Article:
Once Burr is arrested, the Trial stage begins, abstractly simulating the Grand Jury indictment and subsequent trial. Effectively, you will charge Burr with a crime, and then argue the case, using the Evidence and Defence cards, trying to win consecutive arguments and secure a conviction. all of this is done, using the Trial Mat.
Trial and Evidence cards are at the core of the action in this stage and I would have to say that you do need to become familiar with them so as to help you to deduce the charge you should go for and ultimately, who the true conspirators are.
Basically, results are determined by die rolls and added modifiers from Evidence and Defence cards, so it is all quite abstract and fast playing.
Charge phase – Here you deduce which of the three Conspiracy cards you think were set out at the beginning of the game and the charge you will try Burr on (based on what you learned from events, conspirators investigated and arrested)
This is followed by -
Argument phase including a Prosecution segment, Defence segment, Prosecution rebuttal segment
Reveal Conspiracy and Adjust Verdict – the 3 set aside conspiracy cards are revealed
Score Victory Points to determine your success or failure
I will say that although the system is very prescribed (it needs to be) you have enough thematic events and feel in the game that it doesn’t feel that you are playing a system on its own. The system is a means to the end of taking you through the historical experience. Having said that, the process comes together as long as you stick with it. The game system is structured well and really is pretty clever.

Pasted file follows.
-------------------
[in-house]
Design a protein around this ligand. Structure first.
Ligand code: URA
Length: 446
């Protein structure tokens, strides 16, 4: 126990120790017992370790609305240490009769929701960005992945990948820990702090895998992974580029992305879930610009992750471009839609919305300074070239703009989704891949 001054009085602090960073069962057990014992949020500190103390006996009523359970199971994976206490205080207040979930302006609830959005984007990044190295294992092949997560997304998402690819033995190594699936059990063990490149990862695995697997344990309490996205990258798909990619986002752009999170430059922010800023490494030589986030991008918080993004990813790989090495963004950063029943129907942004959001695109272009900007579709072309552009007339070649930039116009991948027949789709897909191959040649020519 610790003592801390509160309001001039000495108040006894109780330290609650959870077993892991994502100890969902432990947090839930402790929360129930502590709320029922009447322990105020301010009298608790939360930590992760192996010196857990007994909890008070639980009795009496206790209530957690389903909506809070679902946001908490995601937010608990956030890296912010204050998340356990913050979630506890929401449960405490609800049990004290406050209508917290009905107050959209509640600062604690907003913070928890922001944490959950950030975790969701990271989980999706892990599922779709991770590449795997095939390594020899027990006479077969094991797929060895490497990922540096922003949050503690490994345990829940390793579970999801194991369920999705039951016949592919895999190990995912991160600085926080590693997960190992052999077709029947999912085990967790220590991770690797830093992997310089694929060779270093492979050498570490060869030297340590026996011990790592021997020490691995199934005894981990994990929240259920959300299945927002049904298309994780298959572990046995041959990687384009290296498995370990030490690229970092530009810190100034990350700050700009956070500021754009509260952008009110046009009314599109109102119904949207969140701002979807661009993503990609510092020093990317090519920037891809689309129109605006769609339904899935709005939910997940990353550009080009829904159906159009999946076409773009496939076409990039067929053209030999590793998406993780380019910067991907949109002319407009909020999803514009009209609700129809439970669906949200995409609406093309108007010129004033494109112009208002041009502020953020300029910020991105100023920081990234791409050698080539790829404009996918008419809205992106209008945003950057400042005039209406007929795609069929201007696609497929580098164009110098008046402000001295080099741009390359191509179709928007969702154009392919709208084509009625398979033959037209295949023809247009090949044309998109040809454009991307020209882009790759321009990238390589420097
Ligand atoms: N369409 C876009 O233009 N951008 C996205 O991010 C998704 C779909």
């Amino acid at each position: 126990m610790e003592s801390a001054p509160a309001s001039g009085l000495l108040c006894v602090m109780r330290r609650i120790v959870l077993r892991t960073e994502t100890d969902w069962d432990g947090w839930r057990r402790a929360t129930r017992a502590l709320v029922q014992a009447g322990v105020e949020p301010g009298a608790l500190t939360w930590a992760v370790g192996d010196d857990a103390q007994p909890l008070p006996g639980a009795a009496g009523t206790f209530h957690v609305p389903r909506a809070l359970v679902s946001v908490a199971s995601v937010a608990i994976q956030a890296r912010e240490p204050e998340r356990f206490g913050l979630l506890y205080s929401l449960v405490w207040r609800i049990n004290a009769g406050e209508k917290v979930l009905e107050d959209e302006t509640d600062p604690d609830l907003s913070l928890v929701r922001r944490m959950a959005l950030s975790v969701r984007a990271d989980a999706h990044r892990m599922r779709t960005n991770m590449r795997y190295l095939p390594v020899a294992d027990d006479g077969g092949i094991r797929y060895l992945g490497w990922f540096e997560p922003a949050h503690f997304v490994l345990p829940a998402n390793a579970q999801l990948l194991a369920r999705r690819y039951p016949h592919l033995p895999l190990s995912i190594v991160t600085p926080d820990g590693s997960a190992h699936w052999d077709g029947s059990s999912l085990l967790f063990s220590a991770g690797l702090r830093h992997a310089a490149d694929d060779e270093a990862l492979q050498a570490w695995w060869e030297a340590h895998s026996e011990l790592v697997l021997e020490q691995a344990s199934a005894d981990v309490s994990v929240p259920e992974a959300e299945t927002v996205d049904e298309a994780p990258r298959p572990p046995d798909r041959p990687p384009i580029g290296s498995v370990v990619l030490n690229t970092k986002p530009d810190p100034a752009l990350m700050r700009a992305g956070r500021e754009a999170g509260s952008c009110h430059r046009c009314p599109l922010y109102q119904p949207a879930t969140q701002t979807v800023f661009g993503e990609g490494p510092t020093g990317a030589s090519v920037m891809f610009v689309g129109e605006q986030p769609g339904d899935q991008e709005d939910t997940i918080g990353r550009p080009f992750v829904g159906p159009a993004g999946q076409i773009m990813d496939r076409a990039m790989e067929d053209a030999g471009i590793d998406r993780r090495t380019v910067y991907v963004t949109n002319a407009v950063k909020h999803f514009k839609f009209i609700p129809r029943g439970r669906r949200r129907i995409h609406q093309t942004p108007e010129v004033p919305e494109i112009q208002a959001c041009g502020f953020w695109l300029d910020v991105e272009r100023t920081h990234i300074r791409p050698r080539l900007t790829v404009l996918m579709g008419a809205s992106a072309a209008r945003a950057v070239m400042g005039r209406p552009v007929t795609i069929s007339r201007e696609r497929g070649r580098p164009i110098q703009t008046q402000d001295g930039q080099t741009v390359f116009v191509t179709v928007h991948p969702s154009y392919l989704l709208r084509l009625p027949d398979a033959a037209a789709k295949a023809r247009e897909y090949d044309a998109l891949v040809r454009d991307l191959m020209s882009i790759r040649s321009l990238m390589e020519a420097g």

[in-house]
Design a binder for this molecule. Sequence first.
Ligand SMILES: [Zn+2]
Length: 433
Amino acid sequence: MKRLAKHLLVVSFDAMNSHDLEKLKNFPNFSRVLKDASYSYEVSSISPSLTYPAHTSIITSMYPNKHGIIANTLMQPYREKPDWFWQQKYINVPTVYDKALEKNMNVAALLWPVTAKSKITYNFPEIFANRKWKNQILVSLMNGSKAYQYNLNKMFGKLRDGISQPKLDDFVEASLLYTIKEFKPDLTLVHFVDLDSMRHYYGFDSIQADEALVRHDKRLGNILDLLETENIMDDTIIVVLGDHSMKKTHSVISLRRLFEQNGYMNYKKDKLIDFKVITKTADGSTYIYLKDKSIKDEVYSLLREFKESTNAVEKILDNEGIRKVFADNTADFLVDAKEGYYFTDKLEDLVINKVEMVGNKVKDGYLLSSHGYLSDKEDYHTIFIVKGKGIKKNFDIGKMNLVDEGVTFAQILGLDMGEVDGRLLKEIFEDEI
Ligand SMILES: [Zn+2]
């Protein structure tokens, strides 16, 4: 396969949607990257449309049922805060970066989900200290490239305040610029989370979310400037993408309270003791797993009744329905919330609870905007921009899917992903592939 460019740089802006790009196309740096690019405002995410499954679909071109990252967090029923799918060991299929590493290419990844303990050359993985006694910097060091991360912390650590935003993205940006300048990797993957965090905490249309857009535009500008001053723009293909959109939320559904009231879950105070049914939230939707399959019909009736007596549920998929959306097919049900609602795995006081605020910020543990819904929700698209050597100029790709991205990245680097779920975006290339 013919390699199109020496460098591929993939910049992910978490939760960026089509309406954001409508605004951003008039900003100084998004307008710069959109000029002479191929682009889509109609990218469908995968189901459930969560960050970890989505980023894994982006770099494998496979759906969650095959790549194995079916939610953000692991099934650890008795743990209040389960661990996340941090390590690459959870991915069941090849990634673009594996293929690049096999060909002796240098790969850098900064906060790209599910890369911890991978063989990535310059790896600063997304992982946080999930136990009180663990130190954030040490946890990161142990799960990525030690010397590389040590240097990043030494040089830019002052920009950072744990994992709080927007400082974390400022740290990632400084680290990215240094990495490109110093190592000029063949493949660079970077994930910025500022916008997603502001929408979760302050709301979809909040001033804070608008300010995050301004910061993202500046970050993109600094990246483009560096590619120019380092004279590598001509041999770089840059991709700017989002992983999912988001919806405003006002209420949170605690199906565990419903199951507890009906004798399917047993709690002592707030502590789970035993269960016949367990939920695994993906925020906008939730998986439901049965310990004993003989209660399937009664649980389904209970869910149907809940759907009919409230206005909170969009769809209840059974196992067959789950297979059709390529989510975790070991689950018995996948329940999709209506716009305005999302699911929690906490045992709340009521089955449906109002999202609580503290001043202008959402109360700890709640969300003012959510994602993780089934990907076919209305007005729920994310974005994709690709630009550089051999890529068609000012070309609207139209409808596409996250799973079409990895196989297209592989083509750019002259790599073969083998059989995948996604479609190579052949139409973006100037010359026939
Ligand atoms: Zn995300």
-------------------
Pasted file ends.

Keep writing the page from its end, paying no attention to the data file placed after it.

Did it work for me?
As a design, I think that Robert Leonhard has done quite a job really, filtering all of the historical information into a system which to be fair, is a concise and structured journey. This is a very clever game and very interesting on the historical side, on the one hand, yet, on the other hand, I just found it rather dry for me. I guess, interesting history doesn’t always translate into an interesting historical experience. I think that this is due to the abstraction of so many elements of the history into mechanical processes. Interesting as individual parts, maybe less so as a whole.
This is more about me not being a fan of abstract games which this ultimately is, or feels like for me. Added to this, is the deduction element and the randomness which I found not to my personal taste. For example, I was frustrated twice to find that one of the true conspirators was Aaron Burr’s daughter, who if chosen as a true conspirator, means Burr is automatically not guilty. What??? Historically correct I assume, but irritating.
I generally don’t like, nor am I any good at deduction games so it was a problem for me. It doesn’t make it a bad game, just not my style. I do admire the way the whole game works actually. So ultimately, this is a game that I can see others enjoying, just not me so much.
If you like abstract games and deduction games, I would highly recommend Hero of Weehawken, as its a well designed, interesting game, but its simply not suited to my taste as much as other games.
Boardgames in Blighty rating – 6 out of 10
No, its a solitaire game
For more information go to – http://victorypointgames.com/